This Rare 1970 Iso Rivolta Lele Is A Gorgeous V8-Powered Grocery Getter
Photography by Ian Wood
As a young man living in Holland, Maurice Mentens had always been into owning “different” cars. It started with Alfa Romeos and Porsches, then moved on to American muscle. Then one day an Iso Grifo flew through his local town and changed his course again. It was the best looking car he had ever seen, and it marked the start of his life-long love affair with the short-lived Iso marque. He found the owner of that Grifo that started it all for him, and after a brief chat Maurice discovered it wasn’t something he could afford at the time.
Fast forward to September 11th, 2001, and an unhinged pyromaniac torches Maurice’s successful vehicle restoration business. He used that devastating event to start a new chapter in his life and moved from the Netherlands to Los Angeles, the land of fresh starts. He used his skills to open a new garage restoring rare cars, albeit at a smaller, more manageable scale than his last endeavor.
Today Maurice is one of the world’s experts on the restoration and maintenance of Isos, and my visit to his humble workshop revealed a handful of really impressive cars in various states of restoration as proof: a couple of Iso Fidias and a Grifo in for repair, a long term Bizzarrini restoration, and a stunning Monterverdi 375/L to count off a handful. But I was here for another rare car, one that I’d spotted a few weeks prior at the Best of France & Italy car show in Van Nuys, CA.
Featured here is an Iso (Rivolta) Lele, penned by the great Marcello Gandini himself while at Bertone. The model was positioned between the top-end Grifo, and the more practical four-door Fidia. The car rides on the common Iso chassis, originally designed by the great Giotto Bizzarrini (of Ferrari 250 GTO and Breadvan fame).
The Lele—named after Mr. Piero Rivolta’s wife—was the Iso answer to the Lamborghini Espada, the only other high-end 2+2 offered at the time. This lineage of Italian sports cars for small families continued with the Maserati Khamsin and Ferrari 400.
Only about 70 cars ever made it to the US, and only a few remain today. Thirty cars are for sure scrapped, and many more are just lost to time according to those with the chassis numbers—hopefully some good barn finds for the future! Despite the scarcity, Isos generally have a high survival rate considering how few were built. Paint aside, everything is original on this vehicle, like the black leather interior and mohair headliner that’s still in great condition.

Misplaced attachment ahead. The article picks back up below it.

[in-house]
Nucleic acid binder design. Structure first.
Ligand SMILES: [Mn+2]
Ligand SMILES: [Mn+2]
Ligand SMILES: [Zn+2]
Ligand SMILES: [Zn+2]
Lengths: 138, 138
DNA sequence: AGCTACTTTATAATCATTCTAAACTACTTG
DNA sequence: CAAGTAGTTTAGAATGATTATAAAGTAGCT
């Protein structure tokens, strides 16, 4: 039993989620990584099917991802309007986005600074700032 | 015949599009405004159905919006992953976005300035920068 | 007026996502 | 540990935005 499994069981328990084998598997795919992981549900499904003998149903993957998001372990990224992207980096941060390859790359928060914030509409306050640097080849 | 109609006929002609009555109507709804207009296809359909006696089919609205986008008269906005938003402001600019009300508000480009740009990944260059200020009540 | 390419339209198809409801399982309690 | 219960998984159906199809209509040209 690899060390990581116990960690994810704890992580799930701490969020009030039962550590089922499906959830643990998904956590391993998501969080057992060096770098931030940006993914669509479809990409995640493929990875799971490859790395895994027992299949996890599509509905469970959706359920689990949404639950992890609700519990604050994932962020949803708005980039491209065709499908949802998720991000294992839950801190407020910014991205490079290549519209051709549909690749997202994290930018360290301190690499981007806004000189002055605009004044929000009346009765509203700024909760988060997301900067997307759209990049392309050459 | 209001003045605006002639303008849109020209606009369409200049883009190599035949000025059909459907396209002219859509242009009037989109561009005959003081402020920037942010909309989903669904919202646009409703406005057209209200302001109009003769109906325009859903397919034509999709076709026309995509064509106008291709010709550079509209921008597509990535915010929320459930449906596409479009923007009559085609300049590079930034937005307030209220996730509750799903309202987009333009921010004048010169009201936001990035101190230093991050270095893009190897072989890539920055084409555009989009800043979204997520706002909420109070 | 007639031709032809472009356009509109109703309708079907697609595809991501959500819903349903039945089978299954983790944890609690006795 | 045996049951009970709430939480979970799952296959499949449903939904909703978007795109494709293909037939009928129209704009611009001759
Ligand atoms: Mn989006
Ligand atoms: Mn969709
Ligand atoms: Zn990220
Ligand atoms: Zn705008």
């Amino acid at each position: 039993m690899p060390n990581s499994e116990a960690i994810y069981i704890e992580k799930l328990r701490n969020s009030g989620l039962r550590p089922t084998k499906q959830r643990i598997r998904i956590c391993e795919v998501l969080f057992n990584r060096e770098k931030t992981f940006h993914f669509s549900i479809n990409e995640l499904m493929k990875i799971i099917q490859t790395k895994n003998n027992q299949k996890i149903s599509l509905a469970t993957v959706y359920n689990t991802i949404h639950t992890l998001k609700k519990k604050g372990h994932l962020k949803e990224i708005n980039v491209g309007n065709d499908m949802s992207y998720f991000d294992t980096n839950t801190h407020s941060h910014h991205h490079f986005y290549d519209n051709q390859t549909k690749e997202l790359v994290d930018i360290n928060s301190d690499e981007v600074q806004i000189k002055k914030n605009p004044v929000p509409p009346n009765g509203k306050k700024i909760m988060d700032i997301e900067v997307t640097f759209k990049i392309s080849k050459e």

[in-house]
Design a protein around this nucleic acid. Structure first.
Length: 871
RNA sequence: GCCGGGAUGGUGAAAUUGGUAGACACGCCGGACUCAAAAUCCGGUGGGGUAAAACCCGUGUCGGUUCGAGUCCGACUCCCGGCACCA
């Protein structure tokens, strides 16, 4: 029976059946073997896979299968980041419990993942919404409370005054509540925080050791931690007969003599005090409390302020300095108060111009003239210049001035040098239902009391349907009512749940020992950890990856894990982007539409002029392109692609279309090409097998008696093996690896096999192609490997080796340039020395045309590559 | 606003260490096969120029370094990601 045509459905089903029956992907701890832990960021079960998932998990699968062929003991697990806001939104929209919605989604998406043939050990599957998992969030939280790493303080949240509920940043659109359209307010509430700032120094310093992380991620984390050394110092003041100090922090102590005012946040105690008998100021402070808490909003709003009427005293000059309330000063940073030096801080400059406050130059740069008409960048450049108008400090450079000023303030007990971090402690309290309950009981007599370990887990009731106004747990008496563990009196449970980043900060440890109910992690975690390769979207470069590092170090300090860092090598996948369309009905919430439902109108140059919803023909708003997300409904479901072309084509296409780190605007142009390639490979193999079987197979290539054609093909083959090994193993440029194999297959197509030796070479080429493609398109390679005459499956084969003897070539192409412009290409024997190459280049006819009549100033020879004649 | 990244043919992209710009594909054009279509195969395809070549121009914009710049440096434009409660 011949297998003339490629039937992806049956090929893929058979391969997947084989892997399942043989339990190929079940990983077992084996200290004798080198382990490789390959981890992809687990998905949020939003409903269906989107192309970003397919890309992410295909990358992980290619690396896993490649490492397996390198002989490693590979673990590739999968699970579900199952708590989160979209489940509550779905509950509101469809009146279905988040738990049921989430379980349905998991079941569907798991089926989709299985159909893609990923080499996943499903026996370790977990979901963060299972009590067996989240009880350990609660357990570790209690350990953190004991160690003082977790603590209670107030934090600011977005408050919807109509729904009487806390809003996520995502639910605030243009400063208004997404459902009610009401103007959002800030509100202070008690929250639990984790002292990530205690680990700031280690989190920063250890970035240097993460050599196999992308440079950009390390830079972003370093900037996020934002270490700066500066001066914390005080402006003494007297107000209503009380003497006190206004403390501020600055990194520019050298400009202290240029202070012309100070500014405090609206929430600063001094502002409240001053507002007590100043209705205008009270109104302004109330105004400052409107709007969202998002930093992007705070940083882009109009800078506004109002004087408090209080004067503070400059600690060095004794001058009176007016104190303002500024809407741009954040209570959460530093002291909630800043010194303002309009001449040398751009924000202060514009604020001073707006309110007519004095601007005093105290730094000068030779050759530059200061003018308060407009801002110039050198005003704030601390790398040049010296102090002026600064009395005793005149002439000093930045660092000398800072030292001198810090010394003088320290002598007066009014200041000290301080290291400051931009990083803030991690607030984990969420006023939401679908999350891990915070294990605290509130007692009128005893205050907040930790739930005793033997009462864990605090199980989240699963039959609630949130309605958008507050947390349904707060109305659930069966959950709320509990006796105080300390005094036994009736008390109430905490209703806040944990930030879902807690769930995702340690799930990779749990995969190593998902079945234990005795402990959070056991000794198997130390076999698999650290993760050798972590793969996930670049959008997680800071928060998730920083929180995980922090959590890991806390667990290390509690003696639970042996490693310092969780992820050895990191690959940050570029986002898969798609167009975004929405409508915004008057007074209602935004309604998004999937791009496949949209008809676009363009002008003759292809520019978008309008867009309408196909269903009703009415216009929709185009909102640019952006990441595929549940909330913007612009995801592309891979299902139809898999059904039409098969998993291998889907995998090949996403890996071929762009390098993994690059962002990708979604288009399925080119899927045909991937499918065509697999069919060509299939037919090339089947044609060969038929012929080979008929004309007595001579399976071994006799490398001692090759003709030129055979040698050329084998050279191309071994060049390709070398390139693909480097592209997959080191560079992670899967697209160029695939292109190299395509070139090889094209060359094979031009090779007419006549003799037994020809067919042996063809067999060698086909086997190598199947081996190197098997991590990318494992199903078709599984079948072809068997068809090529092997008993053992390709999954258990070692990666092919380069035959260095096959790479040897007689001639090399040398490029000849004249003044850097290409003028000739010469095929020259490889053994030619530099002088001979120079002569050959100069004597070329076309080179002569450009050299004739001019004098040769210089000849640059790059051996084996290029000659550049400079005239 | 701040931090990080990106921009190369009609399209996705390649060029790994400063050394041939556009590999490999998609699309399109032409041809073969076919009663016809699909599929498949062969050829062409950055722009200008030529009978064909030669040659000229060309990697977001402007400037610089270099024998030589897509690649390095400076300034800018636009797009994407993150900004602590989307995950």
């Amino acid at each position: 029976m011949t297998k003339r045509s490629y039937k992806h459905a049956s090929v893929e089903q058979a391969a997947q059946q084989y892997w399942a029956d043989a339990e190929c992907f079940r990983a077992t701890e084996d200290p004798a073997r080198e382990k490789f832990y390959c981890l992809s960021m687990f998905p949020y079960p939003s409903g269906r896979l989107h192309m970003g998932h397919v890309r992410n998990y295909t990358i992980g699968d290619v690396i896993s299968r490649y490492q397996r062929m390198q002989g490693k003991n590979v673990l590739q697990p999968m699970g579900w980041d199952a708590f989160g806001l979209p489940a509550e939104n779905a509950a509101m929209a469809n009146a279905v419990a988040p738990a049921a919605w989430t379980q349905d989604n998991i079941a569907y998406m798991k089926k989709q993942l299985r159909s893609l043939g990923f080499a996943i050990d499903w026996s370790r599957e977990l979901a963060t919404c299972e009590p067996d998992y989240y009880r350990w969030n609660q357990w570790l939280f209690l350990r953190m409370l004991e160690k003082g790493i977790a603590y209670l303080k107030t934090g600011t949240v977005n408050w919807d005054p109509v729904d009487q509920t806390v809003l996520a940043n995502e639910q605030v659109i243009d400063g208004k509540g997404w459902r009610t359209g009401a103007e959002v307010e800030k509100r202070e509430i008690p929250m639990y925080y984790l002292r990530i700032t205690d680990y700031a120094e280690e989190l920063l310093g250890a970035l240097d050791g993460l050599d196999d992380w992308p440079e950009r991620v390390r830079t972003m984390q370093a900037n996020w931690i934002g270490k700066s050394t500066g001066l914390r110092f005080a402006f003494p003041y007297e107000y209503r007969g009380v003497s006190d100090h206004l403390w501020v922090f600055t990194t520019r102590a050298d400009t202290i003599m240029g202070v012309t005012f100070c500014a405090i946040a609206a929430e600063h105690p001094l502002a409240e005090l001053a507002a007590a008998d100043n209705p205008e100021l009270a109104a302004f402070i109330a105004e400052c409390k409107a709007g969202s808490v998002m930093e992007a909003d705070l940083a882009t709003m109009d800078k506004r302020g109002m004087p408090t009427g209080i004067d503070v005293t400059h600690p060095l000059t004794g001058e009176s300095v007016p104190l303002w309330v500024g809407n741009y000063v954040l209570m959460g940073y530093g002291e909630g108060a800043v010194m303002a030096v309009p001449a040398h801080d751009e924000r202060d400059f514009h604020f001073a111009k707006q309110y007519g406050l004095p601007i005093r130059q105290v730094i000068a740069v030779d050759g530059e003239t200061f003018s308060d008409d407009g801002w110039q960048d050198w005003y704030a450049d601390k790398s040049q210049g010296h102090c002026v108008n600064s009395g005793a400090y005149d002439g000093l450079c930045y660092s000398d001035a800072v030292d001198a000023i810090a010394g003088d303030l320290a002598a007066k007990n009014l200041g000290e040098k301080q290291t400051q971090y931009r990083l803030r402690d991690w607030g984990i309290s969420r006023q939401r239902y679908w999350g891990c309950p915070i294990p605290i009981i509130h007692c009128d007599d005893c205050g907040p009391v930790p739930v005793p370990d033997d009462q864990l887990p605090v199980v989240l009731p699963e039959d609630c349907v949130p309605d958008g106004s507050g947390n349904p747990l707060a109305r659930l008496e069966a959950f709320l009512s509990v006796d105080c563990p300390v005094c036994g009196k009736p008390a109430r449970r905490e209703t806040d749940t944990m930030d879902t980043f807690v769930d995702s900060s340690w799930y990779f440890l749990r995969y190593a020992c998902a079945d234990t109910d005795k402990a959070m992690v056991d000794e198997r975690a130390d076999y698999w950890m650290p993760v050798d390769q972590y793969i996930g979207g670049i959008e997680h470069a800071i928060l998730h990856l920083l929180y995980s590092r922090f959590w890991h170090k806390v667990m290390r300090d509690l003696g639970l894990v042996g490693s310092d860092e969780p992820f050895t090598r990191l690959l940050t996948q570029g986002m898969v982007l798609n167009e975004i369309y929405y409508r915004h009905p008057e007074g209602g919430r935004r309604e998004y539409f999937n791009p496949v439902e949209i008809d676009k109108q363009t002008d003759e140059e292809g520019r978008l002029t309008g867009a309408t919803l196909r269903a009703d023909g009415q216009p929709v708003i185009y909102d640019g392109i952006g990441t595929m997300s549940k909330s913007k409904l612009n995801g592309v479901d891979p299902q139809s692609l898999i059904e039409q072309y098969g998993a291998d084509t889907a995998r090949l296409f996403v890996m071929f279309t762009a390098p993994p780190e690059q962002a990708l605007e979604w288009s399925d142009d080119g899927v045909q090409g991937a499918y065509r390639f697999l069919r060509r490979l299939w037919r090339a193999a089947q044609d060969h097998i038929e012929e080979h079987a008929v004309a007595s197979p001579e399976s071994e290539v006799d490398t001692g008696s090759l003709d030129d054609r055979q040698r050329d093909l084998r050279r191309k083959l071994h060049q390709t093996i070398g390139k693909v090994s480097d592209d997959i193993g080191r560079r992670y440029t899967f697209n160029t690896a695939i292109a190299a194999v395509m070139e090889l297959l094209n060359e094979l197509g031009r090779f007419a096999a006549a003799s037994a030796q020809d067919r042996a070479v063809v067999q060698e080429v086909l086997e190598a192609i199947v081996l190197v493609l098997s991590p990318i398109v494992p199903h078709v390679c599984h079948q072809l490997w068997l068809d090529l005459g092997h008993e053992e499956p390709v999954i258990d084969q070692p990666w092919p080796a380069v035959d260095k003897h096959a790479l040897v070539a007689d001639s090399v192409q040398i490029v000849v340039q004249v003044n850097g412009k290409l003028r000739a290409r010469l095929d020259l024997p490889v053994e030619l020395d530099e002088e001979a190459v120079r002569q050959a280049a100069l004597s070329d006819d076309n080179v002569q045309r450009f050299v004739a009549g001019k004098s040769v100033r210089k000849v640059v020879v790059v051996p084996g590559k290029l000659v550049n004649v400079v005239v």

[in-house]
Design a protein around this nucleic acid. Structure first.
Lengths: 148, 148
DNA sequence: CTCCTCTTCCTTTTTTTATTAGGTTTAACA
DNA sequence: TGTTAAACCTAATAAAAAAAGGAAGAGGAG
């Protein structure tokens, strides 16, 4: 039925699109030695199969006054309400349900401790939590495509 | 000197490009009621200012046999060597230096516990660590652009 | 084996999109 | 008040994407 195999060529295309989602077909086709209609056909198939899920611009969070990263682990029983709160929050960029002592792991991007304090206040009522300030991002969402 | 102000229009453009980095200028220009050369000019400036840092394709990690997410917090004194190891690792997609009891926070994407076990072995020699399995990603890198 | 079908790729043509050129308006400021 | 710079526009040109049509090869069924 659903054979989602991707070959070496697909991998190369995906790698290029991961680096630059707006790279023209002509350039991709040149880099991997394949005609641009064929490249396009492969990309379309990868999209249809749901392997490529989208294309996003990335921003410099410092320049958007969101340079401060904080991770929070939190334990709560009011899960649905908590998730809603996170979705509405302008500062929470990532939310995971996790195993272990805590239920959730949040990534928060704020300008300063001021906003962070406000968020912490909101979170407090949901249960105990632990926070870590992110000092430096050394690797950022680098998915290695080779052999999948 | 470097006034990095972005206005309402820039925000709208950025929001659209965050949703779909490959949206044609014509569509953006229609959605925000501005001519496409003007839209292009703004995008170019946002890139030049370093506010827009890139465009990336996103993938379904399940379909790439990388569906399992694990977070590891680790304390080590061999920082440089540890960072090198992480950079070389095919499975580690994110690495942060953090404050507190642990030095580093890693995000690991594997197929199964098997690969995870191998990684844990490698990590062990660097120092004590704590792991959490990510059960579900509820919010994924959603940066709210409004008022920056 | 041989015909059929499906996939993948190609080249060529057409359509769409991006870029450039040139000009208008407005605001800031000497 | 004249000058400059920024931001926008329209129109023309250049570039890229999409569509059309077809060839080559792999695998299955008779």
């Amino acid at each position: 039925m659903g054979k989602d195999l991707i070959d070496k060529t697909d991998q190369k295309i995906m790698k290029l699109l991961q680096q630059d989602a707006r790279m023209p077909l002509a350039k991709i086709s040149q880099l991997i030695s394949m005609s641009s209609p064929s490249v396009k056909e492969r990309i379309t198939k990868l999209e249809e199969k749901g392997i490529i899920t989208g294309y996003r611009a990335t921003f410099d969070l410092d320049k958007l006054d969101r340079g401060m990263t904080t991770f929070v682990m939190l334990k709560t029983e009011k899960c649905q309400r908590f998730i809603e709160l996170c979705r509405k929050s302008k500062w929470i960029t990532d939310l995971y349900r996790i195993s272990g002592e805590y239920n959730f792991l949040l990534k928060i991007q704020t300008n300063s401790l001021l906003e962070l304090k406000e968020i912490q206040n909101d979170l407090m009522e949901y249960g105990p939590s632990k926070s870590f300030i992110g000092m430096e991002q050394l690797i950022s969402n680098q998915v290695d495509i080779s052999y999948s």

Maurice bought the car early last year from a doctor in Los Angeles who’d contacted him when the car was imported into the States around 2007, wearing its then-new coat of yellow paint. He hadn’t called to sell Maurice the car he’d just imported though, no, the doctor needed parts. So Maurice, being the main Stateside Iso Rivolta parts provider, helped him out.
The Lele was left it at a repair shop for some time afterwards, where it sat for years. Unfortunately, pieces were being removed from the car then sold on, a discovery that prompted the doctor to sell the rest of the car that was being partially parted out. Maurice made an offer he could not refuse, and after a few mechanical repairs the car was on the road again.
The bodywork has been left as-is, that’s for the next custodian. For now, it serves him as a mechanically sound grocery getter.
It’s stamped with serial number 038, and was born on September 24th, 1970. It’s a very early example from a vague total of just 285 built. It was delivered new to a local Italian client in a metallic burgundy color, which has clearly been changed, likely not long before the car came to the United States. The power comes from a Chevrolet Corvette-derived 327 V8 with about 350bhp, which is mated up to a four-speed manual gearbox. Unlike a lot of foreign cars with American V8s in them, this one features air conditioning. In fitting style for the period, it rides on the original Campagnolo wheels made from their special Elektron magnesium alloy.
While it doesn’t feature the aggressive styling and sporty character of, say, a Grifo, the Lele still oozes ‘70s Italian muscle car character, and features the most balanced handling of the Iso line-up. It’s also perhaps the most accessible Iso, if you can find one, currently going for a percentage of the price of a Grifo. For that, you get a car that gets a thumbs-up on every drive, and a discussion that will inevitably start with “What is it?”